WASHINGTON, D.C. – During a Senate Commerce, Science, and Transportation Committee hearing today on building a high-tech workforce, Senator Kay Bailey Hutchison (R-Texas), Ranking Member on the Committee, said that she plans to introduce legislation to encourage colleges and universities to adopt an innovative program started in 1997 at the University of Texas at Austin, called UTeach, as a way to better prepare secondary science, math and computer science teachers.
“Texas is home to a unique program that prepares math and science teachers by effectively combining undergraduate degrees in the science and technology fields with teacher certification,” said Senator Hutchison. “I plan to introduce legislation soon that will create a grant program to encourage colleges and universities to adopt the UTeach program. This would help colleges and universities to recruit and prepare students who major in science, technology, engineering, or mathematics to become certified as elementary and secondary school teachers. This program has become the national benchmark for teaching excellence and has been mentioned in several high profile studies including the National Academies’ ‘Rising Above the Gathering Storm’ report.”
Senator Hutchison noted that a solid foundation for a scientifically literate workforce begins with developing outstanding K-12 teachers in science and mathematics. She said that while an American high school student has a high likelihood of being taught English by a teacher with a degree in English, that same student has only about a 40 percent chance of studying chemistry with a teacher who was a chemistry major.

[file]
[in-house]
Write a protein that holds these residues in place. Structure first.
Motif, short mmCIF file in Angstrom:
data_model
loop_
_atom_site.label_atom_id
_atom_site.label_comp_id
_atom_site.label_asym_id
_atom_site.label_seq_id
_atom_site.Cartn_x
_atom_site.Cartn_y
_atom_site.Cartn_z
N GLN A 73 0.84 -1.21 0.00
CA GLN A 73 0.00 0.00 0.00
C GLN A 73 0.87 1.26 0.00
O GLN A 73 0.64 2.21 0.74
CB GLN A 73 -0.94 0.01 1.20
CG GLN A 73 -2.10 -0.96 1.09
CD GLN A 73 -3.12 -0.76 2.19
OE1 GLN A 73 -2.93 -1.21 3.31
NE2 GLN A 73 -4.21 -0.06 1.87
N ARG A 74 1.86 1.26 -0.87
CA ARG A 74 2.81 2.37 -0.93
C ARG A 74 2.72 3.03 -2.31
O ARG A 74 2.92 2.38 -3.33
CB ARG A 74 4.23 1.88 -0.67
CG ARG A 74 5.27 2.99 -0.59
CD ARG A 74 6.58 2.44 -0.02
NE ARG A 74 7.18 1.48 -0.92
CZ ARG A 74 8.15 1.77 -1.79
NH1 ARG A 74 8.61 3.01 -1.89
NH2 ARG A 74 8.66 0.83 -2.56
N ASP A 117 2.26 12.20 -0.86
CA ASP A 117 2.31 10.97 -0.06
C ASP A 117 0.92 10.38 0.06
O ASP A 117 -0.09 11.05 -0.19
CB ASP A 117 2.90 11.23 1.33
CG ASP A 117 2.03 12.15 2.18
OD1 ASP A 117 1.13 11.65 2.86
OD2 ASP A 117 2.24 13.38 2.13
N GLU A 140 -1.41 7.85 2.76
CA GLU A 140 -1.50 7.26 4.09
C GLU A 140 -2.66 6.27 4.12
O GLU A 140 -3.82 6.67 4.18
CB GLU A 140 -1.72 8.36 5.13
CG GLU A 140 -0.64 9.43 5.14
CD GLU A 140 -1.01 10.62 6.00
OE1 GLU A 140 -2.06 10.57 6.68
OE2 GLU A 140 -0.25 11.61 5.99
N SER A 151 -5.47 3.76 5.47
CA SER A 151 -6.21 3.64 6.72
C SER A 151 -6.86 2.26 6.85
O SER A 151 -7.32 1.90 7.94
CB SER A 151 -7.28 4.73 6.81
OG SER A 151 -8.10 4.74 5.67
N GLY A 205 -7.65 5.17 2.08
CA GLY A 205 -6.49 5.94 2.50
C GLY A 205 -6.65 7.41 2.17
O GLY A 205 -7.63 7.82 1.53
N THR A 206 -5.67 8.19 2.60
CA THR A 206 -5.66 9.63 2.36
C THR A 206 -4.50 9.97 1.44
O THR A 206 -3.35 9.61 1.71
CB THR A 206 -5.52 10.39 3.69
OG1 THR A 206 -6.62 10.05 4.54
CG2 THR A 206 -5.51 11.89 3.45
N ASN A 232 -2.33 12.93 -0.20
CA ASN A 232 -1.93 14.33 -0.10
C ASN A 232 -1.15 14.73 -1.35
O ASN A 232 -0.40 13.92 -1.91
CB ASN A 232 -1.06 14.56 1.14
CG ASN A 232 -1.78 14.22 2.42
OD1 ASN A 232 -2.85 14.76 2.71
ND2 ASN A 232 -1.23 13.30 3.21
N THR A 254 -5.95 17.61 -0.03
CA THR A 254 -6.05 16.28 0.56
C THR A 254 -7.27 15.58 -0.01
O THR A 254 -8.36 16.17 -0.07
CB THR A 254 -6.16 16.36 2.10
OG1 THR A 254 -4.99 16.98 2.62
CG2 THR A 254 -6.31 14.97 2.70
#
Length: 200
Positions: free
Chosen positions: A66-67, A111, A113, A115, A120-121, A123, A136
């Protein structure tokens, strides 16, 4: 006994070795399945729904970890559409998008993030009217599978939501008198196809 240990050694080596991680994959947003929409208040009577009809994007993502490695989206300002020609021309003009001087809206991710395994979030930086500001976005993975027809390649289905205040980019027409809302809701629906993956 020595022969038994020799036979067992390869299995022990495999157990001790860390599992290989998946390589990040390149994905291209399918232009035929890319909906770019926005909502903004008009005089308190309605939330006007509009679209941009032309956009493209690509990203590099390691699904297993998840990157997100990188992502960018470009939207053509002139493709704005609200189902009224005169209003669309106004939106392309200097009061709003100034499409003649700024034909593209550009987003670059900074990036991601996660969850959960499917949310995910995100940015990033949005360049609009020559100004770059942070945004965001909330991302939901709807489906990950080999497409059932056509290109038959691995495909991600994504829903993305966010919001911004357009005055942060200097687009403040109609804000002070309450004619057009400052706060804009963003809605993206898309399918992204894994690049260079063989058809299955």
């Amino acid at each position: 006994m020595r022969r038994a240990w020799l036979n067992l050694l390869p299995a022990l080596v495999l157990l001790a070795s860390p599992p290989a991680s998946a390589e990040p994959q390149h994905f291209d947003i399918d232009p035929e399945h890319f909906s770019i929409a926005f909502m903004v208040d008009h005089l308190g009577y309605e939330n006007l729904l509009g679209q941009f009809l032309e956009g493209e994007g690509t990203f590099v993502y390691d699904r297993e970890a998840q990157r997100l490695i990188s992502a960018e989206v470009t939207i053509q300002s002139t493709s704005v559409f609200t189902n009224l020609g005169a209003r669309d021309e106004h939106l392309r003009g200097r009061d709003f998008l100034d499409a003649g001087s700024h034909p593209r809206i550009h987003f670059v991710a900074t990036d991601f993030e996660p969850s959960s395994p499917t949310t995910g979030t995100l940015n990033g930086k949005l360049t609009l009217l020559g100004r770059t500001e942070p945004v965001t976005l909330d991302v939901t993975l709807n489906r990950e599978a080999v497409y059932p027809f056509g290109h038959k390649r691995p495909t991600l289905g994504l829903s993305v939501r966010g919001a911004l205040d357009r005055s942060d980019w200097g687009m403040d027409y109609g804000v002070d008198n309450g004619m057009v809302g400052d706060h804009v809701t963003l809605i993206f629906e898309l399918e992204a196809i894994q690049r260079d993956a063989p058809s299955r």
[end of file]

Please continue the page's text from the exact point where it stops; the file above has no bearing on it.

“Science and technology are at the core of America’s ability to compete in an increasingly globalized economy,” Senator Hutchison said. “These subjects are crucial to solving many of the challenges we face as a nation in areas such as energy independence, biotechnology, and healthcare. By increasing our focus on these crucial areas, we will allow our nation to play an essential role in fostering an innovation-based economy. Unfortunately, primary and secondary schools frequently fail to produce enough students with the interest, motivation, knowledge, and skills they will need to succeed in the 21st Century’s global economy. I think by working together, we can make America even more competitive and innovative than it is today.”
You can watch Senator Hutchison’s statement here.